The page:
03 DEFINE BOUNDARY
The automotive industry's attitude toward Huawei has been ambiguous so far, and the most well-known event is SAIC Motor Chairman Chen Hong's "soul theory".
When we spoke with a colleague at the research institute of FAW 一汽 in 2021, he was also vague about Huawei: "We respect Huawei's technical strength, but the cooperation for the whole plan needs to be considered carefully."
Never getting their hands on the downstream business easily is a law obeyed by suppliers and OEMs. Arm only does IP licensing, Qualcomm only does chip design; BOE京东方 doesn't make TV sets, TSMC 台积电 doesn't do chip design. Although Google once made its own cell phone, it wasn't serious about sales. Their phone was like socializing and was only seen as a sample for the Android system.
For IDMs (Integrated device manufacturers) involved both in upstream manufacturing and downstream manufacturing, the chain often tends to stay within its own system. For example, Intel made chips for its own chip services. It only started making chips for others in recent years. Before AMD sold GlobalFoundries, it also made its own chips.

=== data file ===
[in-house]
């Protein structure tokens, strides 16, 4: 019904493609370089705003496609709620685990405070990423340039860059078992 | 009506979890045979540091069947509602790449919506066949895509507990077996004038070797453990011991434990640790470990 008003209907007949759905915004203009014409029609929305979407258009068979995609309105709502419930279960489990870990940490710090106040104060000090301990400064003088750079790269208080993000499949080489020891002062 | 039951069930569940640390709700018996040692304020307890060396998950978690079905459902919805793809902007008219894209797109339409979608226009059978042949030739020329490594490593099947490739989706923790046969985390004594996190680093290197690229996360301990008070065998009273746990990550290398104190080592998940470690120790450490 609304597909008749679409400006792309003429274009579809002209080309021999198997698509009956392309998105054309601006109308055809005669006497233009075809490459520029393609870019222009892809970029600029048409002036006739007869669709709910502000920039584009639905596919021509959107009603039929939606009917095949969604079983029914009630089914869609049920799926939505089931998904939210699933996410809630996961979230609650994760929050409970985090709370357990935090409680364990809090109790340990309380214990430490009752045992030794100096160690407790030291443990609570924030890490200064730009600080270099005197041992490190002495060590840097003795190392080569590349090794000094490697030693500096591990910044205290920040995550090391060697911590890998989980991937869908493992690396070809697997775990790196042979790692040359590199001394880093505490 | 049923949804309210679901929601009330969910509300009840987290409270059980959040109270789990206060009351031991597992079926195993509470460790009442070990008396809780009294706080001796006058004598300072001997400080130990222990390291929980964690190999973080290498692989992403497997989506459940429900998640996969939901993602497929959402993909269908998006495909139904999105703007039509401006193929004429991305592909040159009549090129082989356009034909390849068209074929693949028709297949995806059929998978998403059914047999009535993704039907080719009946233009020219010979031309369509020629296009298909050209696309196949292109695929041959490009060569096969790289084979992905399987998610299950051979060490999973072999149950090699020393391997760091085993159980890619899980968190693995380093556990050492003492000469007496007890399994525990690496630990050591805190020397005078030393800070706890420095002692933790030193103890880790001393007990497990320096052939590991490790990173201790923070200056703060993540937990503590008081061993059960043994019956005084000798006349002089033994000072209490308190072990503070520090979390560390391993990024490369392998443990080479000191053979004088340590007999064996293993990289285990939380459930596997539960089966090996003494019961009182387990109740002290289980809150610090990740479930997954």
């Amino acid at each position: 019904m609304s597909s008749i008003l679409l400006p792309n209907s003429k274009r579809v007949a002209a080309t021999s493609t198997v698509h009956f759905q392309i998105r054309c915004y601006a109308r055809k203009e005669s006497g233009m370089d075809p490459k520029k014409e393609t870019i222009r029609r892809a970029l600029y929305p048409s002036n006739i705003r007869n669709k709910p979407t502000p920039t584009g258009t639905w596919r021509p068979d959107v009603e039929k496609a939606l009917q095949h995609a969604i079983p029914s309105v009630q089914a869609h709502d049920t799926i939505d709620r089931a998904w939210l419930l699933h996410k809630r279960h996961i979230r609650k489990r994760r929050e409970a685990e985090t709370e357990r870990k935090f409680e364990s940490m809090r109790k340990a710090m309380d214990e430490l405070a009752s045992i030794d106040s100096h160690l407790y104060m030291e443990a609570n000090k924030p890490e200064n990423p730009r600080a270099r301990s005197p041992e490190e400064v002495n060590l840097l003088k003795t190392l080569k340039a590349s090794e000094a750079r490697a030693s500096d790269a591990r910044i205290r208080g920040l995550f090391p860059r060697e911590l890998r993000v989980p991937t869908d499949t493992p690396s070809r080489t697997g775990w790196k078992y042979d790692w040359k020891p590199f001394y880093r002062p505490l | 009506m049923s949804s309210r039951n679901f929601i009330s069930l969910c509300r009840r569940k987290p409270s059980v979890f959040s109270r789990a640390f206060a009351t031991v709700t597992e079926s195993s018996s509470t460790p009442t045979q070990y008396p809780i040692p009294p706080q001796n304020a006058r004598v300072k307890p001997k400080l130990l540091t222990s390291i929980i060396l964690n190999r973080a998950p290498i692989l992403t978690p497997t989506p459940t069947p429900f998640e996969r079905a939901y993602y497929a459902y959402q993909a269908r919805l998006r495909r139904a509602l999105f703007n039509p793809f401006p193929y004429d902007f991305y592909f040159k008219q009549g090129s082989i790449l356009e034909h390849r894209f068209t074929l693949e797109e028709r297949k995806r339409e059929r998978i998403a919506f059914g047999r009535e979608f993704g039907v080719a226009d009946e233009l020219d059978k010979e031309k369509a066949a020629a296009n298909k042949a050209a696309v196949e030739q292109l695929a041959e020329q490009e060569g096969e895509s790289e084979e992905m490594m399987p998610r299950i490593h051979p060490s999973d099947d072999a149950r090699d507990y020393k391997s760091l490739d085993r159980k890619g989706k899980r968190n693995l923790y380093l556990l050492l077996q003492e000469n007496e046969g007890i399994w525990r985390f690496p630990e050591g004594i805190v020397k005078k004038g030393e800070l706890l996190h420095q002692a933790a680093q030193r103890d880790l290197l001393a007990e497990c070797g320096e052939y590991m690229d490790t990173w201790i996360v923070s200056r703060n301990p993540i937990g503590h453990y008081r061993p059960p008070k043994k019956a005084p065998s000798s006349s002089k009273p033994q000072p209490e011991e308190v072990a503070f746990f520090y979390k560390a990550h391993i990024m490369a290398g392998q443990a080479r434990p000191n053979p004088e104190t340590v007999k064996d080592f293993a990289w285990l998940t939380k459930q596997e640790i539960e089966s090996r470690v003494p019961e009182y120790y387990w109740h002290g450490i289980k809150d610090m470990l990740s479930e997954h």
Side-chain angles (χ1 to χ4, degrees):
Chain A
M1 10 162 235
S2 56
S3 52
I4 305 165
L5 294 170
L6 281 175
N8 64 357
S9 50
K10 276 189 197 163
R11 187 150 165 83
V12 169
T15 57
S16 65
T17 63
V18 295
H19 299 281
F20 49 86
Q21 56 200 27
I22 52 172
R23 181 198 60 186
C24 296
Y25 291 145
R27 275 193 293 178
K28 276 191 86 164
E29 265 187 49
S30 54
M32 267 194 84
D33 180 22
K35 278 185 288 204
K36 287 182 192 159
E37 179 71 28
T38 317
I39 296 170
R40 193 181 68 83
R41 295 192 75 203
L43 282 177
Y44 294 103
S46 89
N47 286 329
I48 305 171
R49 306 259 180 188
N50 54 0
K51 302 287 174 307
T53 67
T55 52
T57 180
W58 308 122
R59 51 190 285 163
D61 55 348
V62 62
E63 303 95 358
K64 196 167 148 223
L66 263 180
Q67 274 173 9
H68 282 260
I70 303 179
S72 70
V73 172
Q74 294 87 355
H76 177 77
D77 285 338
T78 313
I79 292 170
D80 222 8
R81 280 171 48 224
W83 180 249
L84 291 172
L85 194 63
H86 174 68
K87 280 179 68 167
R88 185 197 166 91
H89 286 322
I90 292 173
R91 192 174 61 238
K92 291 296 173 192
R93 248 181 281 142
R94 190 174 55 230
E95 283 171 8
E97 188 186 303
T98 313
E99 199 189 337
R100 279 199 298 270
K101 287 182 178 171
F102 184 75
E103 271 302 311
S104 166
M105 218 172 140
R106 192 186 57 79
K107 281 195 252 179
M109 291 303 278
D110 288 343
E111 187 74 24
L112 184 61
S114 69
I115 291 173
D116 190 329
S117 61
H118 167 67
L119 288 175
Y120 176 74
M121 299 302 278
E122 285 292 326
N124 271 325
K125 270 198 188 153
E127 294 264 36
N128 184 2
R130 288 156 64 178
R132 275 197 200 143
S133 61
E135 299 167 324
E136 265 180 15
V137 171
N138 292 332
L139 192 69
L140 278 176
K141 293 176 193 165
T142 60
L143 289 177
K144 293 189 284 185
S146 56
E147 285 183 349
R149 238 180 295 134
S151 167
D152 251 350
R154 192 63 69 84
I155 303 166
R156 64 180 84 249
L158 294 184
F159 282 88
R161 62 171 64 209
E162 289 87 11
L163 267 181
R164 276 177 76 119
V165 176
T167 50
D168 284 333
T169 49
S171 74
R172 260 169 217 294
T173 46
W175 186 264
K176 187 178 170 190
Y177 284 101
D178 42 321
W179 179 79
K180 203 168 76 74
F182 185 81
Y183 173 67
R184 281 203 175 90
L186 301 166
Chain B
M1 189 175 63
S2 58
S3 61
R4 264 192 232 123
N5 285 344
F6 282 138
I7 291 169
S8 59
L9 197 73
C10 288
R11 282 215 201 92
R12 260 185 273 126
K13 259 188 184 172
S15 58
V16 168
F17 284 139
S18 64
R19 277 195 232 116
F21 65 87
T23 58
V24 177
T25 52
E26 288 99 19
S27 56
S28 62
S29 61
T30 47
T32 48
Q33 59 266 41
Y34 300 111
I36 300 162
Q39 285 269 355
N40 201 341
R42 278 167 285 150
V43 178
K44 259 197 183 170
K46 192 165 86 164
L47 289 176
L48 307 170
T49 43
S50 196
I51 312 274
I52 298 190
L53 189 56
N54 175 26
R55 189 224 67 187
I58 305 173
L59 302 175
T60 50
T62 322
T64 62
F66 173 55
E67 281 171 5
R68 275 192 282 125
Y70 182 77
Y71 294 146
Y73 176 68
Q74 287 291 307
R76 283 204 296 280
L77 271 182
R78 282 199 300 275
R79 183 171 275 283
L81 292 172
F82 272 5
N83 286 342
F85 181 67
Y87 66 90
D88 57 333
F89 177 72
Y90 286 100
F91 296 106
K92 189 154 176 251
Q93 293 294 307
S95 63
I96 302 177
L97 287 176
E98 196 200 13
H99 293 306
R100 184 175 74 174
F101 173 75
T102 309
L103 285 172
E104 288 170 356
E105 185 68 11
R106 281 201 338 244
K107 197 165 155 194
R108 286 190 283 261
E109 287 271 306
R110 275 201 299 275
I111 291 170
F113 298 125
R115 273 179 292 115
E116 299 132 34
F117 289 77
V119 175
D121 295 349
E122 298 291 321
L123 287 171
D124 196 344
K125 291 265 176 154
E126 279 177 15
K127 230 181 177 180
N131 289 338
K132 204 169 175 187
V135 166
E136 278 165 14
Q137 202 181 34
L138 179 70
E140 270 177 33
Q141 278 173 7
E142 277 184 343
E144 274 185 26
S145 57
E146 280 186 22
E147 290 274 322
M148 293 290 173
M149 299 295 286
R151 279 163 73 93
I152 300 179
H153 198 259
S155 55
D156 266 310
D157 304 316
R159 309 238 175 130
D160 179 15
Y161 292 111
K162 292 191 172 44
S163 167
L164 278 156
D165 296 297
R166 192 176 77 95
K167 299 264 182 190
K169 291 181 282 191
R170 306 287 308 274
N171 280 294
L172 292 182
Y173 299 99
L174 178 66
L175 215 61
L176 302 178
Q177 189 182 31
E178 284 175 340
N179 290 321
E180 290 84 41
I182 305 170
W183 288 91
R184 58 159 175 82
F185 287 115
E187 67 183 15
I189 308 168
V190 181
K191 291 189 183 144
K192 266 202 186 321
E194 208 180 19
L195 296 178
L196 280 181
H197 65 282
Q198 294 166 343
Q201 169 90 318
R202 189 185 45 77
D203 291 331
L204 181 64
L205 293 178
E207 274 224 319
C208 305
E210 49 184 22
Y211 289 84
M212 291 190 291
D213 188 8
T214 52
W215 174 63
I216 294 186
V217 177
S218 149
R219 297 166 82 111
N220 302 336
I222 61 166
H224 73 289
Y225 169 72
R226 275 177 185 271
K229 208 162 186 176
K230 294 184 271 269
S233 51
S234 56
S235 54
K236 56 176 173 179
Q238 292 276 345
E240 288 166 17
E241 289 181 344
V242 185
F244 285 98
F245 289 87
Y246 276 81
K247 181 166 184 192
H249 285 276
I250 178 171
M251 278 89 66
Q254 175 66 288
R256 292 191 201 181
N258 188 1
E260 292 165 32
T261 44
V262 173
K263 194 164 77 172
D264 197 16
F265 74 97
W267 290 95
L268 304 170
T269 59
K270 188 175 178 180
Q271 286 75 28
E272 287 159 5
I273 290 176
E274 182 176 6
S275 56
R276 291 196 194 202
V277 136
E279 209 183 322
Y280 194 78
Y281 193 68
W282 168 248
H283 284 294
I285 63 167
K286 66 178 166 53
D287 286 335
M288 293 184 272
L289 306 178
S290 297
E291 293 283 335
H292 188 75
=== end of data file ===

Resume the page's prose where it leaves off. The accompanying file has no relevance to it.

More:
Samsung may be one of the few counter-examples —— besides producing parts for others, it has a bunch of chip businesses, plus making end products such as cell phones and TVs. The result is that Apple, its major customer, is filing a lawsuit against Samsung while secretly supporting TSMC. It is no wonder that Shi Zhengrong施正荣 (a Chinese-Australian businessman and philanthropist) said: Samsung is the enemy of the world.
Huawei's approach in various industries is more or less like that of Samsung. First, it focuses on making a breakthrough in the part with the highest added value, then it penetrates downward slowly to obtain the profits of the entire industry chain. Huawei once said " We would never make cell phones". But when the wave of smart phones came, many domestic phone brands were hit hard by Huawei.